Sunday, February 20, 2011

John Dewey and the New World Order

  • Father of Modern, Progressive American Education [1]
  • Signer of the Humanist Manifesto [2]
  • Dewey was an important early developer of the philosophy of Pragmatism. Pragmatism proclaims that the truth or worth of an idea is based upon the results it brings. Pragmatists believe that truth is relative, situational, and that a desired end justifies any means required to reach it. John MacArthur has stated that pragmatism has sucked the life out of the Church.
  • He was one of the founders of functional psychology.
  • In the 1920s, Dewey wrote extensively in praise of the Soviet education system—so much that he was invited to visit the Soviet Union in 1928 and observe schools in the USSR. He based many of his recommendations for American education on the Soviet model.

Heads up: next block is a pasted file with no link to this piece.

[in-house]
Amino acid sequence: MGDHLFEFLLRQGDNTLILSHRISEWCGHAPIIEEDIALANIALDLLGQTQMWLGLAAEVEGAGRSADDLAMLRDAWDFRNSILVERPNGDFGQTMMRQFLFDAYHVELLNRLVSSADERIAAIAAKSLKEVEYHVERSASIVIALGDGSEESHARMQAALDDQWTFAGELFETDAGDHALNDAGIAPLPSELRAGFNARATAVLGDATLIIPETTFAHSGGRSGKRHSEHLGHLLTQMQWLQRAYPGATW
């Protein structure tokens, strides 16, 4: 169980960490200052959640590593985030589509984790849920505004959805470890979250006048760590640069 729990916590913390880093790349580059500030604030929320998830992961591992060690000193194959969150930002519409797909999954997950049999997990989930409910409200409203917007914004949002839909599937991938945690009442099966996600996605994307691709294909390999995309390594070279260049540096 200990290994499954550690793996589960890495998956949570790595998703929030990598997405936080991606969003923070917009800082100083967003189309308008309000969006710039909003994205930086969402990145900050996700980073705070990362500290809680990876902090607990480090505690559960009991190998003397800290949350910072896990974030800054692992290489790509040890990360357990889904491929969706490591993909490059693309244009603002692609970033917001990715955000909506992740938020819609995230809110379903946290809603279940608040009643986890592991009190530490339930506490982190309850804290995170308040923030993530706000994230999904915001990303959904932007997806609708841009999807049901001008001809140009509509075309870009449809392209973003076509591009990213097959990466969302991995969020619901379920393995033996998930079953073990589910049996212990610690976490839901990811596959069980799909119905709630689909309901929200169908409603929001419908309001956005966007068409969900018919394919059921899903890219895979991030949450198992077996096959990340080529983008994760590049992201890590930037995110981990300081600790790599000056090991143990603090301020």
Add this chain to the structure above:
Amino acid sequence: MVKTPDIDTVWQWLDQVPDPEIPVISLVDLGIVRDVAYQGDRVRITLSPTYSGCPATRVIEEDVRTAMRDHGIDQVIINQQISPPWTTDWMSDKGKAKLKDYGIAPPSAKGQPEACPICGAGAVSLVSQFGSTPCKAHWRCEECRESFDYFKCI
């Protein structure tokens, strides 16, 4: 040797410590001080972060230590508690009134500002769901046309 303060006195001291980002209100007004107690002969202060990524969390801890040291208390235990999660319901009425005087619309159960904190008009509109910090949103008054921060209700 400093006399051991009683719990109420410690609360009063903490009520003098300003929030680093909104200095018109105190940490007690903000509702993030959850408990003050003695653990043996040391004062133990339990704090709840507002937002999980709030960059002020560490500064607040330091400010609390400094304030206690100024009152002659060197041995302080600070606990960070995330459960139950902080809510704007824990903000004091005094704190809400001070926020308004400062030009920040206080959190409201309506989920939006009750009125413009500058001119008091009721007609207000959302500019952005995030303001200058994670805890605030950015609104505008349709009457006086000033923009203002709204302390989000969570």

• Dewey would become president of The League For Industrial Democracy (LID), formerly the Intercollegiate Socialist Society, and the American counterpart of the British Fabian Society. [3
  • Dewey was an Unitarian Universalist. [4] 
  • His doctorate at Johns Hopkins University, from 1882-86, was under Hegelian philosopher George Sylvester Morris. [5] 
  • In 1932, the National Education Association (NEA)makes Dewey honorary president of its organization.[6]  
  • The Rockefeller and Carnegie foundations stimulated two-thirds of the total endowment funding of all institutions of higher learning in America during the first third of this 20th century. The NEA was largely financed by the Rockefeller/Carnegie foundations. [7  
  • In 1933, Dewey called for a synthesizing of all religions and "a socialized and cooperative economic order." [8]  In the July 1908 Hibbert Journal, he wrote: "Our schools...are performing an infinitely significant religious work. They are promoting social unity out of which in the end genuine religious unity must grow." 
  • The implementation of Dewey's objectives were funded by members of the Skull and Bones Society.[9] New Thought and Transcendentalist traditions owes much of its educational philosophy to Dewey.[10]  He was a co-founder of numerous Masonic institutions, including the NAACP, and the American Psychological Association and in 1905 he became the president of the American Philosophical Association.